Thin capitalization – kashou shihon zeisei
The Japanese thin capitalization system is intended to prevent foreign over-leveraging their Japanese subsidiaries or branches in order to claim excess corporation tax deductions through interest charges. It can be compared to earning stripping legislation in the US.
In more concrete terms, the system has applied from financial years starting on or after 1 April 1992 in circumstances where interest is paid on liabilities due to a Foreign Controlling Shareholder (kaigai shihai kabunushi) or a Capital Supplier (shihon kyouyosha). Where the average balance of liabilities due to either a Foreign Controlling Shareholder or Capital Supplier exceeds three times of the capital in the paying entity held by the Foreign Controlling Shareholder then the amount of interest payable on the excess amount of such liabilities is not deductible. Read More
Taxation of TK distributions under Japanese domestic tax law.Read More
Roles and taxation of the TK operator and TK investor.Read More
Issues on sale of interests in TK agreements.Read More
Interpretation and application of tax treaties to TK contracts.Read More
Diagrams and overview of TK taxation.Read More
Penalties for failure to file tax returns and requests for tax repayment in Japan are heavy and the rules themselves are complex with plenty of traps for the unwary.
Corporation tax filing and payment
Corporation tax returns are due within two months from the day following the last day of each tax accounting period end and should include the matters prescribed by the relevant jurisdiction tax office (in practice, this means it should be made on the required schedules). The amount shown as due on the return has to be paid. Also where a tax accounting period exceeds six months, then an interim tax return and payment is required. Read More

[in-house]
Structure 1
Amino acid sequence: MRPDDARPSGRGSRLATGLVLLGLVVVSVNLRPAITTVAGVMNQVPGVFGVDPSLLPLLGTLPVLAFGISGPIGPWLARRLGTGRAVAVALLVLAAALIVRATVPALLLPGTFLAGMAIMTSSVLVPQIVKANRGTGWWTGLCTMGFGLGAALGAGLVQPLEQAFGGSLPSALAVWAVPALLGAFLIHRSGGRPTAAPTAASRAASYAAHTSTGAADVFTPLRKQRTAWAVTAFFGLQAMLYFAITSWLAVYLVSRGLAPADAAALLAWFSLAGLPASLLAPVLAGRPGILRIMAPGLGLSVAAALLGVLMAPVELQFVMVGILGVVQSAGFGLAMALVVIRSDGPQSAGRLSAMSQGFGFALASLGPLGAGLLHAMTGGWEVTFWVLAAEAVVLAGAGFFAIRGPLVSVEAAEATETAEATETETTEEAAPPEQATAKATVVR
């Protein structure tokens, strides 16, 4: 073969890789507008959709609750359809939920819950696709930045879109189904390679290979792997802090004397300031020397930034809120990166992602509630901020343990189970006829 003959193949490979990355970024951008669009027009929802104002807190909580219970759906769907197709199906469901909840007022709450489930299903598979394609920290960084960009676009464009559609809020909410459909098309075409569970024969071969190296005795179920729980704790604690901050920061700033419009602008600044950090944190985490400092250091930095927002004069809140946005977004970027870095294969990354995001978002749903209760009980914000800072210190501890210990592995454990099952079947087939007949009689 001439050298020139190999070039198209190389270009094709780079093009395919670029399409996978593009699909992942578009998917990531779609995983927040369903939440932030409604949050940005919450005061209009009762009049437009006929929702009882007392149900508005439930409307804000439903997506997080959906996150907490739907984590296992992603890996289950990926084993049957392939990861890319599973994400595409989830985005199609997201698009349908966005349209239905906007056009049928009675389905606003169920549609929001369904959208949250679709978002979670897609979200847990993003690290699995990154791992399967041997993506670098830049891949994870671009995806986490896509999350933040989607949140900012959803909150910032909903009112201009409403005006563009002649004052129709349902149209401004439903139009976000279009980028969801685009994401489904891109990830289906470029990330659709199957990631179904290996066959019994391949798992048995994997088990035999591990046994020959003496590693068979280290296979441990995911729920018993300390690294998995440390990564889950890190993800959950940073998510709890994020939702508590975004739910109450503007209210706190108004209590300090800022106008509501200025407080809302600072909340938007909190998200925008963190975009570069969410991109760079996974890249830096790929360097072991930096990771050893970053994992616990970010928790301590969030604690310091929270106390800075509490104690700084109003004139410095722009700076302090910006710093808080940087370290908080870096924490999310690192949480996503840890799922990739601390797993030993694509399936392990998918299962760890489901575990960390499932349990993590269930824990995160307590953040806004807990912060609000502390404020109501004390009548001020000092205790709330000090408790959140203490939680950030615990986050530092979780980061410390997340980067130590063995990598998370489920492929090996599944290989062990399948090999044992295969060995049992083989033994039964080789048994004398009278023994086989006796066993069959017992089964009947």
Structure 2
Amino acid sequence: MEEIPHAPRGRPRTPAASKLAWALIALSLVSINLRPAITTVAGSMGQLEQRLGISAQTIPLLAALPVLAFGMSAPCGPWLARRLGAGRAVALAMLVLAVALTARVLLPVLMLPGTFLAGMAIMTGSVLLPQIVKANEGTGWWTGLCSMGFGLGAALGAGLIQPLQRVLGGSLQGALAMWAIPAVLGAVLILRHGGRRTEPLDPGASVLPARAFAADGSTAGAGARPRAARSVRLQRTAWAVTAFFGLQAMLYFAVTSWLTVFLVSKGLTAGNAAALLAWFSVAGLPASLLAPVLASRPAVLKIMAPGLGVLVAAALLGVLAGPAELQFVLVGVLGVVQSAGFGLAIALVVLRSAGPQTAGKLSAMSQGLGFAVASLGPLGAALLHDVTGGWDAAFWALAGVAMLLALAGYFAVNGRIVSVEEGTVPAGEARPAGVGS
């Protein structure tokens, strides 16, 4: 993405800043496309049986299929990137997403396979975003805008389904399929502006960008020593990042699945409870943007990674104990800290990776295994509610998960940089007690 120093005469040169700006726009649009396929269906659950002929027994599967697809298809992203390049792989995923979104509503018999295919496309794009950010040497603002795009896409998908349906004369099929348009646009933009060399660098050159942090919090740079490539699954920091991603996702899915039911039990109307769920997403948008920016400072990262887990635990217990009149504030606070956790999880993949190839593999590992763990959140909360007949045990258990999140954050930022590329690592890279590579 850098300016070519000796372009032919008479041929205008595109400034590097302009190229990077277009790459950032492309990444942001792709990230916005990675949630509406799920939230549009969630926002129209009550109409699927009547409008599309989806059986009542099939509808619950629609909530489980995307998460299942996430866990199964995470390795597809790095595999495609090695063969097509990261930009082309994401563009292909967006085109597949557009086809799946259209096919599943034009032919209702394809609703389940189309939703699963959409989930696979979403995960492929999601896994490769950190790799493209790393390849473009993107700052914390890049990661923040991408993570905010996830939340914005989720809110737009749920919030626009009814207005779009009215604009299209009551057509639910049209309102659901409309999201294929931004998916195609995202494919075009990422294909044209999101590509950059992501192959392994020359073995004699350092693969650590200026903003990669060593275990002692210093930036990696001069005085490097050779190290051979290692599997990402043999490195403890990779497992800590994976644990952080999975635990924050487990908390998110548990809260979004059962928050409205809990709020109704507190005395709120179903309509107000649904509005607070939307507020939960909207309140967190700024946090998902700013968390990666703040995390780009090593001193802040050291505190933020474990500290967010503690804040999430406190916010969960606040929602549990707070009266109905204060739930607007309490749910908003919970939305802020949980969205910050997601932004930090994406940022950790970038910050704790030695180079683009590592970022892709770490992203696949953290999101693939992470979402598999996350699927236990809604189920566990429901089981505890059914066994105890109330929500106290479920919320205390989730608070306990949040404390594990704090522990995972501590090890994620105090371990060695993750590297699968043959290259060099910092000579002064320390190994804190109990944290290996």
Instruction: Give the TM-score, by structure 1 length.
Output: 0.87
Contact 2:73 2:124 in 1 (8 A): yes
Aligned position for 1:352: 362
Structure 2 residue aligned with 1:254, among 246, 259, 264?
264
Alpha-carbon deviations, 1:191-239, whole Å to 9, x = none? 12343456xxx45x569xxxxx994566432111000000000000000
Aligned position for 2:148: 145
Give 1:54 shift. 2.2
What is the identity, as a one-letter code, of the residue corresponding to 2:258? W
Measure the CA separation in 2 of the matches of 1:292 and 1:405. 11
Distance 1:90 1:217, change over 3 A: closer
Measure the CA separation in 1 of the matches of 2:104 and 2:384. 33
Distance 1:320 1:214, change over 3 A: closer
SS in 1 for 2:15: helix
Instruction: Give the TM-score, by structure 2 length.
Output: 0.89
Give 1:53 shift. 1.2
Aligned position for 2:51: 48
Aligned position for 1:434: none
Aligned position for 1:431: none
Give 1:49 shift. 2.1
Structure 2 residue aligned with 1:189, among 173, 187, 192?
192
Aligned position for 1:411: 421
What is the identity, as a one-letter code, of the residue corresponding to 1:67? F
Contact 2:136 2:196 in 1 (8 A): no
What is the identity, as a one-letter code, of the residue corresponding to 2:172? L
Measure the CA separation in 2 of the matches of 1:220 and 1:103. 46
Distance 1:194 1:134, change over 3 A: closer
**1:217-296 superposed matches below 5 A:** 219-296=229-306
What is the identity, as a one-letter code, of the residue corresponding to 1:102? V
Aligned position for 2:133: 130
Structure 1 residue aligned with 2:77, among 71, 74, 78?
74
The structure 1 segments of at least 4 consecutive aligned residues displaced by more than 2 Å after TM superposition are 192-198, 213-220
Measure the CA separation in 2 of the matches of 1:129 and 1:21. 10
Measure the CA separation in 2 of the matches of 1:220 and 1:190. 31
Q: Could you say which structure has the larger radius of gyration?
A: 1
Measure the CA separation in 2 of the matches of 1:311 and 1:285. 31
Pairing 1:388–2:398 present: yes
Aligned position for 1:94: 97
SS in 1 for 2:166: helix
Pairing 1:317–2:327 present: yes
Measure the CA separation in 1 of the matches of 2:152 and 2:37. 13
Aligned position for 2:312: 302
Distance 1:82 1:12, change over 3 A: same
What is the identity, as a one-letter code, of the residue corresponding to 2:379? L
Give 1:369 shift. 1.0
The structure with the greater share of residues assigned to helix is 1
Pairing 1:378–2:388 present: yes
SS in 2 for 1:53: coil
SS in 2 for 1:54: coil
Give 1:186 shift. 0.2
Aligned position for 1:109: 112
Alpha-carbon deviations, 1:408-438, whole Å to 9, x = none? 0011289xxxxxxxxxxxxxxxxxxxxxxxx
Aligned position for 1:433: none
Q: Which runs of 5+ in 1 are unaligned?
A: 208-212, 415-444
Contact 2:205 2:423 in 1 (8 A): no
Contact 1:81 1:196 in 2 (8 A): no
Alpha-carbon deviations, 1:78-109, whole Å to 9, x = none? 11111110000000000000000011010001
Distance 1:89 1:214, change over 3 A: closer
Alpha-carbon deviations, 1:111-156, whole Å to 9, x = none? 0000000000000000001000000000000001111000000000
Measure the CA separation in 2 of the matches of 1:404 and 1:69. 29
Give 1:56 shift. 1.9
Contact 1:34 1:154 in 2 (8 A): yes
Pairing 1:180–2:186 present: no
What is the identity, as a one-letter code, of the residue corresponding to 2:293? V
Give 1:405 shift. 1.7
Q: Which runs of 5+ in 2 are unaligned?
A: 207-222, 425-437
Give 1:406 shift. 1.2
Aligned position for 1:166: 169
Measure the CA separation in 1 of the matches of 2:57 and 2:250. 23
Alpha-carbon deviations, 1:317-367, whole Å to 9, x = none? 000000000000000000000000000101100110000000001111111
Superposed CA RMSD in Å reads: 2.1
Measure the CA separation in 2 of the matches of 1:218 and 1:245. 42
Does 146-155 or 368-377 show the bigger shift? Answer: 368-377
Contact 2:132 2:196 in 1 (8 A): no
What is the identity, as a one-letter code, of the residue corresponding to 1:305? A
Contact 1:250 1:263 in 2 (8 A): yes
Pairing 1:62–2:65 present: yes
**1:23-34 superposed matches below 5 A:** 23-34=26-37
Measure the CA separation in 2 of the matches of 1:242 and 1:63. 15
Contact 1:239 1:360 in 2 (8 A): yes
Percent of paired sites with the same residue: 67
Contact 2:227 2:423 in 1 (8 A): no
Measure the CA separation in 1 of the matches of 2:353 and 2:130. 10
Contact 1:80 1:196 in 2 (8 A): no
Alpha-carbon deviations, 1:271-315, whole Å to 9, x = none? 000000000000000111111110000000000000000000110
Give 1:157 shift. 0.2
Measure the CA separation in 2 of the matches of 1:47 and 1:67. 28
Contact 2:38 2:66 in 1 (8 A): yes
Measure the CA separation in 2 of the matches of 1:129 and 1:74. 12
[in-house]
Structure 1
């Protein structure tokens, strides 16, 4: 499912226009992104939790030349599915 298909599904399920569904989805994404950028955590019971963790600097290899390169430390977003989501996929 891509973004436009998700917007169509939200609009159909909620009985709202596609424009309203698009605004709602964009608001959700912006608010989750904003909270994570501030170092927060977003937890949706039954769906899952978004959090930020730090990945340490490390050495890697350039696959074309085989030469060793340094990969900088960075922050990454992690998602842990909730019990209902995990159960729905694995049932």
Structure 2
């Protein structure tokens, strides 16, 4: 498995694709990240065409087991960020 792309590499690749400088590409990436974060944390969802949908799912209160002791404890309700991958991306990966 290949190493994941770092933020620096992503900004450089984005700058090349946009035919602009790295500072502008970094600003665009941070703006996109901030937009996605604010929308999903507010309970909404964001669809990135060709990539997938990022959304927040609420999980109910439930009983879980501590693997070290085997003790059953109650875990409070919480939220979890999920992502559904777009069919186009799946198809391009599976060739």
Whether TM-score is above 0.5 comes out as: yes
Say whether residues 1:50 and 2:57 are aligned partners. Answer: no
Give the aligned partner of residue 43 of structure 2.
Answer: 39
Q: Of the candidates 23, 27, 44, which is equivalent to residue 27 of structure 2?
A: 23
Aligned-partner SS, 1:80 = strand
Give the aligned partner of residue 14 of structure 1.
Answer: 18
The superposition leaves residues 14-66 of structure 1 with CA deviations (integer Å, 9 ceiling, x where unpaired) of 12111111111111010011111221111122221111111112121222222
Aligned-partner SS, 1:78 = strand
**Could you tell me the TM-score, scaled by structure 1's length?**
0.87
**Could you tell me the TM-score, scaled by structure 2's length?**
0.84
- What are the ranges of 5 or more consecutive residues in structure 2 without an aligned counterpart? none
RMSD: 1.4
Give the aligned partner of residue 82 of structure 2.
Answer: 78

Recent years has seen a real revolution in Japanese corporate law and one area is the greatly increased flexibility in the different types of shares that can be issued. For tax purposes ownership of 100% of all classes of shares is a requirement to tax consolidate a subsidiar however the share types are used in a variety of transactions – poison pills, minority squeeze outs, that of course have tax implications and that will be explored in later posts.
Article 108 of the CL allows companies to issue more than one type of share. A company issuing more than two types of share under its articles of association (teikan/定款) is called a shurui kabishiki hakkou kaishi/種類株式発行会社 – a ‘Company Issuing Types of Shares’ could be a decent translation. The table below summarises these types: Read More
Uni, Japanese for sea urchin, is for some an expensive gourmet delicacy while for others it is a rather revolting and funny tasting yellow gloop.
Uni is certainly an acquired taste and even for the editor it took a few tries to actually get used to, but the taste is certainly unique. The occasional visitor to Japan is most likely to come across uni on top of a bit of rice surrounded by dried “nori” seaweed at a “kuru kuru” sushi restaurant (the revolving conveyor belt style sushi restaurant which is the fast food of Japanese sushi and often not the gourmet experience eating sushi should be). European visitors to Japan tend to assume that uni is not eaten in Europe, but southern Italians will recognise it from (to my mind) a rather tasty spaghetti sauce. Read More
There are a number of routes in Japan by which a company may end up liable to meet another company’s tax liability.
Some of these routes – such as succeeding to tax liabilities on a merger or of other consolidated group members in a consolidated tax group – are common to other tax systems. Read More